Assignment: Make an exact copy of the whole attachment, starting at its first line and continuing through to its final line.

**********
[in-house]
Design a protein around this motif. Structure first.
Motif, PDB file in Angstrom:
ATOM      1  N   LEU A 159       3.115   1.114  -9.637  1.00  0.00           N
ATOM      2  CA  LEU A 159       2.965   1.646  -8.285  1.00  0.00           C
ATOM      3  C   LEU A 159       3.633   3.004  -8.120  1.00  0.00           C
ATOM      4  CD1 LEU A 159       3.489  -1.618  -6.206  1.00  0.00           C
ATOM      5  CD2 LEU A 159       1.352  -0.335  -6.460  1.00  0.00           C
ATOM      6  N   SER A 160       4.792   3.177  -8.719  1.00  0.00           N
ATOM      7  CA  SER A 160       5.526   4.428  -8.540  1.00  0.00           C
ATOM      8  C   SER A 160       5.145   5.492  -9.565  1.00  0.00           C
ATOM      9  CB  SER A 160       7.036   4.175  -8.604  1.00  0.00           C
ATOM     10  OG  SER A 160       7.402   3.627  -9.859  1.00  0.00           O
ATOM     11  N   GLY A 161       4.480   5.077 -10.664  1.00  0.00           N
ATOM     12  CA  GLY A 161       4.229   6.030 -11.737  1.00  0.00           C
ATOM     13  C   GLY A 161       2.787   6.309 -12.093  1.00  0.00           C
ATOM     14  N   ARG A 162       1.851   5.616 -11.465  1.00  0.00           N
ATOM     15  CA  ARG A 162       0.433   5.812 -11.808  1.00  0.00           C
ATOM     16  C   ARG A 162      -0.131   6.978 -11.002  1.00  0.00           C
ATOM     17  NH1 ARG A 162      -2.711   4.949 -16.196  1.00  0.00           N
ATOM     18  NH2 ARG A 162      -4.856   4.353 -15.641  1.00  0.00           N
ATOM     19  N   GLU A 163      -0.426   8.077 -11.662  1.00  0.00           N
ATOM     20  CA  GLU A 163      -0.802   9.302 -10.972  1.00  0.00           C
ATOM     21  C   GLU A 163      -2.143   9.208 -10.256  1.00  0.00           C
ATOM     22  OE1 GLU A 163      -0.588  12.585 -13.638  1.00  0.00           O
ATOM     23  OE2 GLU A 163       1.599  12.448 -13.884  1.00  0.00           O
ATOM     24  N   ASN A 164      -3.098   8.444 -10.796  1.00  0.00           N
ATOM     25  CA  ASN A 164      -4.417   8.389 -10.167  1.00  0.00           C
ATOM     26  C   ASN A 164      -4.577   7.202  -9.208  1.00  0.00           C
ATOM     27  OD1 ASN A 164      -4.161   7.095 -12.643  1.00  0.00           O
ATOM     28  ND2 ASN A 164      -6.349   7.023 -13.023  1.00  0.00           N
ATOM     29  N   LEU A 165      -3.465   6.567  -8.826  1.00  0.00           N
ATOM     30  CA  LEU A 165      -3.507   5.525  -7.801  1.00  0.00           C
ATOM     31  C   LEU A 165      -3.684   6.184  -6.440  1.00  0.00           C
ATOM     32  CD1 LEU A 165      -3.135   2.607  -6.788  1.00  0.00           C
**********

[in-house]
Design a protein around this motif. Structure first.
Motif, PDB file in Angstrom:
ATOM      1  N   LEU A 159       3.115   1.114  -9.637  1.00  0.00           N
ATOM      2  CA  LEU A 159       2.965   1.646  -8.285  1.00  0.00           C
ATOM      3  C   LEU A 159       3.633   3.004  -8.120  1.00  0.00           C
ATOM      4  CD1 LEU A 159       3.489  -1.618  -6.206  1.00  0.00           C
ATOM      5  CD2 LEU A 159       1.352  -0.335  -6.460  1.00  0.00           C
ATOM      6  N   SER A 160       4.792   3.177  -8.719  1.00  0.00           N
ATOM      7  CA  SER A 160       5.526   4.428  -8.540  1.00  0.00           C
ATOM      8  C   SER A 160       5.145   5.492  -9.565  1.00  0.00           C
ATOM      9  CB  SER A 160       7.036   4.175  -8.604  1.00  0.00           C
ATOM     10  OG  SER A 160       7.402   3.627  -9.859  1.00  0.00           O
ATOM     11  N   GLY A 161       4.480   5.077 -10.664  1.00  0.00           N
ATOM     12  CA  GLY A 161       4.229   6.030 -11.737  1.00  0.00           C
ATOM     13  C   GLY A 161       2.787   6.309 -12.093  1.00  0.00           C
ATOM     14  N   ARG A 162       1.851   5.616 -11.465  1.00  0.00           N
ATOM     15  CA  ARG A 162       0.433   5.812 -11.808  1.00  0.00           C
ATOM     16  C   ARG A 162      -0.131   6.978 -11.002  1.00  0.00           C
ATOM     17  NH1 ARG A 162      -2.711   4.949 -16.196  1.00  0.00           N
ATOM     18  NH2 ARG A 162      -4.856   4.353 -15.641  1.00  0.00           N
ATOM     19  N   GLU A 163      -0.426   8.077 -11.662  1.00  0.00           N
ATOM     20  CA  GLU A 163      -0.802   9.302 -10.972  1.00  0.00           C
ATOM     21  C   GLU A 163      -2.143   9.208 -10.256  1.00  0.00           C
ATOM     22  OE1 GLU A 163      -0.588  12.585 -13.638  1.00  0.00           O
ATOM     23  OE2 GLU A 163       1.599  12.448 -13.884  1.00  0.00           O
ATOM     24  N   ASN A 164      -3.098   8.444 -10.796  1.00  0.00           N
ATOM     25  CA  ASN A 164      -4.417   8.389 -10.167  1.00  0.00           C
ATOM     26  C   ASN A 164      -4.577   7.202  -9.208  1.00  0.00           C
ATOM     27  OD1 ASN A 164      -4.161   7.095 -12.643  1.00  0.00           O
ATOM     28  ND2 ASN A 164      -6.349   7.023 -13.023  1.00  0.00           N
ATOM     29  N   LEU A 165      -3.465   6.567  -8.826  1.00  0.00           N
ATOM     30  CA  LEU A 165      -3.507   5.525  -7.801  1.00  0.00           C
ATOM     31  C   LEU A 165      -3.684   6.184  -6.440  1.00  0.00           C
ATOM     32  CD1 LEU A 165      -3.135   2.607  -6.788  1.00  0.00           C